Tragedy struck this week when 55 Lincoln natives were killed by counterfeit Runzas being sold discreetly across the University of Nebraska-Lincoln campus.
Due to recent budget cuts to the University of Nebraska, UNL was forced to raise the price of Runzas to a record-high $7. Several riots broke out after the news was announced, with multiple injuries resulting.
Monday morning, dozens of UNL students were found dead after a faulty batch from the Runzaniacs.
“We are taking this matter seriously and are looking into the situation,” said University Police Department Chief Dan Stevenson.
As the price continued to rise–up to 50 cents per week–many students became desperate for their fix. A mysterious group known as the Runzaniatics began selling bootleg Runzas on campus to hungry students who wanted to save a buck.
“Yeah, the price became too much for me to bear, so I shelled out some bucks and bought some from the Runzaniacs,” freshman Brock Harris said. “It wasn’t too difficult; I just left some cash inside a tree hole and picked the Runza up later that day.”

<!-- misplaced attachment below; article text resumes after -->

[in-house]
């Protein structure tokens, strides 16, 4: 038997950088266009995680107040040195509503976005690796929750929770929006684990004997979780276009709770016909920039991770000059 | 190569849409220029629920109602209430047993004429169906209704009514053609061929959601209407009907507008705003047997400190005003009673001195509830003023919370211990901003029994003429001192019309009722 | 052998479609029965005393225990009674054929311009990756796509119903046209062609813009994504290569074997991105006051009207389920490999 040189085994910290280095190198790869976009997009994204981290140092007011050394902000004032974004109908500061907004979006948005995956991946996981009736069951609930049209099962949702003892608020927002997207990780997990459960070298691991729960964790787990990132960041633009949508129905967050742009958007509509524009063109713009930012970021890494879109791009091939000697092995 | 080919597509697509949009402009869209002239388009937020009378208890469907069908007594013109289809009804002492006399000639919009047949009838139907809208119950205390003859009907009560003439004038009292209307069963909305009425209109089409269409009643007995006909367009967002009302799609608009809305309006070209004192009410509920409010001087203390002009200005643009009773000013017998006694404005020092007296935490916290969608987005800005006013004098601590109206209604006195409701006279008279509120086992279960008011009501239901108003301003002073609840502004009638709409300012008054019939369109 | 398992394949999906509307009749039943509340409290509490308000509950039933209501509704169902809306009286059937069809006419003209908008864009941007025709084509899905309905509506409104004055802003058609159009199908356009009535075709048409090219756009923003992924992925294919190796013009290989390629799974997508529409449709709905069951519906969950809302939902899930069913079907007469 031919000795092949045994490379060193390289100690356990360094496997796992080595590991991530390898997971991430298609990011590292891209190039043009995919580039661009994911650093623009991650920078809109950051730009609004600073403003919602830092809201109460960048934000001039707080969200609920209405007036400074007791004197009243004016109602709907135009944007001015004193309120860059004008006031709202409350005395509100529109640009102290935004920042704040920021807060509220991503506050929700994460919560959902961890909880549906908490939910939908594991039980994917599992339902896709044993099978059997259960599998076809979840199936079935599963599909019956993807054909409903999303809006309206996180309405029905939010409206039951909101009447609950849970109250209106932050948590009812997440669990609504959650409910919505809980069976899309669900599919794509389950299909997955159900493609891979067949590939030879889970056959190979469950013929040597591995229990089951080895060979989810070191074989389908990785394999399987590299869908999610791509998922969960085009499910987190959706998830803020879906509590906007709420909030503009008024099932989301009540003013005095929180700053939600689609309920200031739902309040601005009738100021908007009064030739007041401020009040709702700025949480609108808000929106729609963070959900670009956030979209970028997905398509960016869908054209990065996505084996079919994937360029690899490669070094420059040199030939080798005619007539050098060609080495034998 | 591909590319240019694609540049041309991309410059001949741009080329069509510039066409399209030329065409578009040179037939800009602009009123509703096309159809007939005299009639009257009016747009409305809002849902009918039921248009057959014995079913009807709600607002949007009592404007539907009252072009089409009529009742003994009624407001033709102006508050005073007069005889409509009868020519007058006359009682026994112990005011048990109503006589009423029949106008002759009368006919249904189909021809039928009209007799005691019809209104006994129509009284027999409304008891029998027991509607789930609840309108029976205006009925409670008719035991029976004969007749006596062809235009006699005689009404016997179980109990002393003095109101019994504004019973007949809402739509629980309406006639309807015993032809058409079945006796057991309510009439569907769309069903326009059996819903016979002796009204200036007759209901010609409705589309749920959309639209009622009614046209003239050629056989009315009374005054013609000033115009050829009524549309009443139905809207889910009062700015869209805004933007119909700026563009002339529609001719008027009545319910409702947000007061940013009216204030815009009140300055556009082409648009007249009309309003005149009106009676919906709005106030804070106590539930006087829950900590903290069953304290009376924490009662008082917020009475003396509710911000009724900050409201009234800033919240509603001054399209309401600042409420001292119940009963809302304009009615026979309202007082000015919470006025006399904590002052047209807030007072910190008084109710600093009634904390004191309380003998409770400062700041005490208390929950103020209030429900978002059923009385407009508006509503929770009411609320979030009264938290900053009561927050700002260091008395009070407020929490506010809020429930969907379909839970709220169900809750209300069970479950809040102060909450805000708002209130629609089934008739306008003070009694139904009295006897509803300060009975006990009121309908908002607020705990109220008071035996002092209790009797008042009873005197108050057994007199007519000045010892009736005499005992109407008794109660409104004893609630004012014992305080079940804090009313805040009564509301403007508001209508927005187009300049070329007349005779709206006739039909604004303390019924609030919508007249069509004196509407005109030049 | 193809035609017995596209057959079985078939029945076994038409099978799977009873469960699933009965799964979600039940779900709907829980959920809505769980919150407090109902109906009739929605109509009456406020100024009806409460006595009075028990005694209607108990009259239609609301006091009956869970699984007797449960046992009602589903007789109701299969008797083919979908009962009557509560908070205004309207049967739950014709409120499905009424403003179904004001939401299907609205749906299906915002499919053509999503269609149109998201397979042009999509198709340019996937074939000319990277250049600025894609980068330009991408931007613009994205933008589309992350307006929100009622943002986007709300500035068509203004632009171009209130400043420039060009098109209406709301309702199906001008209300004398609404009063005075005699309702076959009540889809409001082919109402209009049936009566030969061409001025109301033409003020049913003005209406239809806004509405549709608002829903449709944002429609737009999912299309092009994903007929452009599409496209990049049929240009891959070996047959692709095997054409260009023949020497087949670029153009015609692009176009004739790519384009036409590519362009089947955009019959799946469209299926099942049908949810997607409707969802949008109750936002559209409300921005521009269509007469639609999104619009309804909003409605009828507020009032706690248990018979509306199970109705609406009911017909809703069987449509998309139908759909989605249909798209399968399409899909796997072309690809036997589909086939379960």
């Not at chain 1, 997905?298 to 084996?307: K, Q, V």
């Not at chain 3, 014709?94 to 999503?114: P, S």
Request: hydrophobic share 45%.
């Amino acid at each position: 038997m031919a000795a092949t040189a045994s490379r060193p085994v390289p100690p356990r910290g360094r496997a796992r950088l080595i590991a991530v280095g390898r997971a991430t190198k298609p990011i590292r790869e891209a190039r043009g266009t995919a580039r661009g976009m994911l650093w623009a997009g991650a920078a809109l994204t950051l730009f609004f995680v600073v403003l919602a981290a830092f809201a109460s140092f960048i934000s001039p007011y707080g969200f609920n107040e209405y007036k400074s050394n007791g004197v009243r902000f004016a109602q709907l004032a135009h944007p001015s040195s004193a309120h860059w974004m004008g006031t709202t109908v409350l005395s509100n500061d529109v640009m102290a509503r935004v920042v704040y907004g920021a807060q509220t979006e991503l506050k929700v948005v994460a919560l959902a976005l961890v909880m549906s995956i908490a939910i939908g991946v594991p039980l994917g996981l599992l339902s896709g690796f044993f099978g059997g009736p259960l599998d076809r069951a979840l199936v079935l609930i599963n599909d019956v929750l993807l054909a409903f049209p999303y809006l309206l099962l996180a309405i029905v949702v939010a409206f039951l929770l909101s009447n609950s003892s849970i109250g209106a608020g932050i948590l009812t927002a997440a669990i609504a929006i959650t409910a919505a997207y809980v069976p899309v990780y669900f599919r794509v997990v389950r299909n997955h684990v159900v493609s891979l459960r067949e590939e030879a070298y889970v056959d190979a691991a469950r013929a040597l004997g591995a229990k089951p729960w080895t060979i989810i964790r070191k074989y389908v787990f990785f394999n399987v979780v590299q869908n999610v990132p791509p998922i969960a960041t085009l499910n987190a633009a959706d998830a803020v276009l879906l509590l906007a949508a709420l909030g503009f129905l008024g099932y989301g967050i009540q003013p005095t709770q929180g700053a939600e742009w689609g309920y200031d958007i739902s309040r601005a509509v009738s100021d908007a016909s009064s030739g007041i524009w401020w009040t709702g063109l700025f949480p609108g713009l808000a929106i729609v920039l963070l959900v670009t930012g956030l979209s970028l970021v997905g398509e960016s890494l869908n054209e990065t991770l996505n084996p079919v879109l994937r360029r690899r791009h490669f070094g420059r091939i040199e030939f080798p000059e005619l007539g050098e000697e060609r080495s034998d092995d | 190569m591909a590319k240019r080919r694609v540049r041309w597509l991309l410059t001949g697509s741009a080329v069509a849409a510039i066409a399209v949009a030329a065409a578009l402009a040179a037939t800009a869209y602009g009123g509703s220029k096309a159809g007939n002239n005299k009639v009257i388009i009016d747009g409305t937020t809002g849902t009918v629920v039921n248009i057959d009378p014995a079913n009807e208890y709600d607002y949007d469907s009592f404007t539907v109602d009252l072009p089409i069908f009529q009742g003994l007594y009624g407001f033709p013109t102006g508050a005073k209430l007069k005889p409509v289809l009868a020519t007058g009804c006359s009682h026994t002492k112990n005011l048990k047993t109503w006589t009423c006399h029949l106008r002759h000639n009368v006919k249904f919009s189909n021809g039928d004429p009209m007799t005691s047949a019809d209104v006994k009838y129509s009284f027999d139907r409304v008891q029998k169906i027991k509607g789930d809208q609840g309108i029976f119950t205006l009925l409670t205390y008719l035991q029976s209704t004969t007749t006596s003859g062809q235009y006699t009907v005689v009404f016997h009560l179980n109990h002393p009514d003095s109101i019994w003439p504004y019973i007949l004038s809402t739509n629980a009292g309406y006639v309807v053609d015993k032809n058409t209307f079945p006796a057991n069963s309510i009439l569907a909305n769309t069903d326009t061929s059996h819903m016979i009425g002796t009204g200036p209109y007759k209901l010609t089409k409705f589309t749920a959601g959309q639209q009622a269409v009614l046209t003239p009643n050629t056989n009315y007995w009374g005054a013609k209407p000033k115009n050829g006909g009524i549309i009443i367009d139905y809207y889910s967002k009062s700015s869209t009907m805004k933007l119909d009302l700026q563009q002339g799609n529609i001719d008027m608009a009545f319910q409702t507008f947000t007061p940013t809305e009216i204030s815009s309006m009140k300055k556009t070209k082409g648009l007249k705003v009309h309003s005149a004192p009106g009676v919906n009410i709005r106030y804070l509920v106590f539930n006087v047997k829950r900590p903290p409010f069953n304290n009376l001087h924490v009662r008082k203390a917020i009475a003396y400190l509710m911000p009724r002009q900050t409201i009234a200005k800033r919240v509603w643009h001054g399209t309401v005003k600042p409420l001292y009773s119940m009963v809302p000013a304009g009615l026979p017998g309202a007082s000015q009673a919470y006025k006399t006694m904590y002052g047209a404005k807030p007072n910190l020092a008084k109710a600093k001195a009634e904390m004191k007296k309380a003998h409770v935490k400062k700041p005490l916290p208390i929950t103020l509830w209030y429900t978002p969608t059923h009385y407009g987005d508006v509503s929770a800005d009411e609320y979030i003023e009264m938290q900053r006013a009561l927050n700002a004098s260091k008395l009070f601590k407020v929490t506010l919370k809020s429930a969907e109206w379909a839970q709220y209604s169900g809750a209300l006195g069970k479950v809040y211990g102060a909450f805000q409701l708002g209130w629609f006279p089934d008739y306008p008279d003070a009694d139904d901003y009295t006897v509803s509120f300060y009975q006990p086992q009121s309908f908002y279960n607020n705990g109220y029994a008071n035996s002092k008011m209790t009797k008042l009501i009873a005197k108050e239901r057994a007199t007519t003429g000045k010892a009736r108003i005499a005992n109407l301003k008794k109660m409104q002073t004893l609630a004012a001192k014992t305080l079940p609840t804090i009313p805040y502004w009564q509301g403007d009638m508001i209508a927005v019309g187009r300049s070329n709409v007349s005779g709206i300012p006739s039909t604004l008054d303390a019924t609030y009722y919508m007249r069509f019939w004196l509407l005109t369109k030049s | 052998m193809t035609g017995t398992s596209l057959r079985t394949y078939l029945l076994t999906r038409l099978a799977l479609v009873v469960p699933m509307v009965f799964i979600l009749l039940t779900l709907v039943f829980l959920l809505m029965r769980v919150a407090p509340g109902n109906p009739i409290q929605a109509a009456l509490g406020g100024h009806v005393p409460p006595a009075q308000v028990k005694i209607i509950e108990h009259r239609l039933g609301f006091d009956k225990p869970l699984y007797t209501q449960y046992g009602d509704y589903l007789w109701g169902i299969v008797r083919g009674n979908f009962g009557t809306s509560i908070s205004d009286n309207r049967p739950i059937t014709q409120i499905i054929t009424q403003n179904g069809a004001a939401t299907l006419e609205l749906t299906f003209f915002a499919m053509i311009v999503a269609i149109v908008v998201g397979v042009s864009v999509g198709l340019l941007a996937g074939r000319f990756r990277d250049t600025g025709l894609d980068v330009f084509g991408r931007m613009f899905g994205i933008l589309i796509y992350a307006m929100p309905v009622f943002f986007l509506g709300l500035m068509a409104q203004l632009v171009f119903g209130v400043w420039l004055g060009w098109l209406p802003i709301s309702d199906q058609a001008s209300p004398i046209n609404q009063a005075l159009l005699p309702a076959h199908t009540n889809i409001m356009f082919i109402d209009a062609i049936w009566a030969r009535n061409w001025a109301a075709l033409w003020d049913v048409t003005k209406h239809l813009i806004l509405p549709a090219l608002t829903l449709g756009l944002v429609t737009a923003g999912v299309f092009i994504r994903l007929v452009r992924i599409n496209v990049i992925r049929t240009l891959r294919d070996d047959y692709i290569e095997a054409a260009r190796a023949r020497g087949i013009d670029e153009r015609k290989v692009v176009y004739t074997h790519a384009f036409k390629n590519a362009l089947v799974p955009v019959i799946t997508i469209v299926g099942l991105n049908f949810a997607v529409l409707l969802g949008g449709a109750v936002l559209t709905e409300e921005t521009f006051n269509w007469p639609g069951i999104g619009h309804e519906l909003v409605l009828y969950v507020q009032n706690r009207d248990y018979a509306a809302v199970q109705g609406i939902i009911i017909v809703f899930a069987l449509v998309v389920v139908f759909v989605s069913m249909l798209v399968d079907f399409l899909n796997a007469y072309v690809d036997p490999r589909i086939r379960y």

The Runzaniacs used tree holes and other discrete locations to make their deliveries to Harris and other groups across campus.
The counterfeit Runzas were noticeably different from the official Runzas, often weighing more and made of a thinner bread. They also produced an odd smell, which some students likened to metal.
“But I mean, they were fine if you closed your nose and ate it real fast,” junior Ashley Williams said.
As the weeks went on and the price of Runzas went up, the Runzaniacs had a large portion of the student body under their belt. The quality in their Runzas started to decline at this point.
“This one time, I found a human finger in mine,” sophomore Matt McDonald said. “I just picked it out and tried to ignore it. Did make me sorta curious though.”
The Runzas, stapled together and filled with a green, sticky substance, were found near their bodies.
“It was horrifying,” UNLPD officer Clark Moore said. “I just hope we bring these psychopaths to justice.”
UNL faculty will meet this week to decide whether or not to label the group a terrorist organization.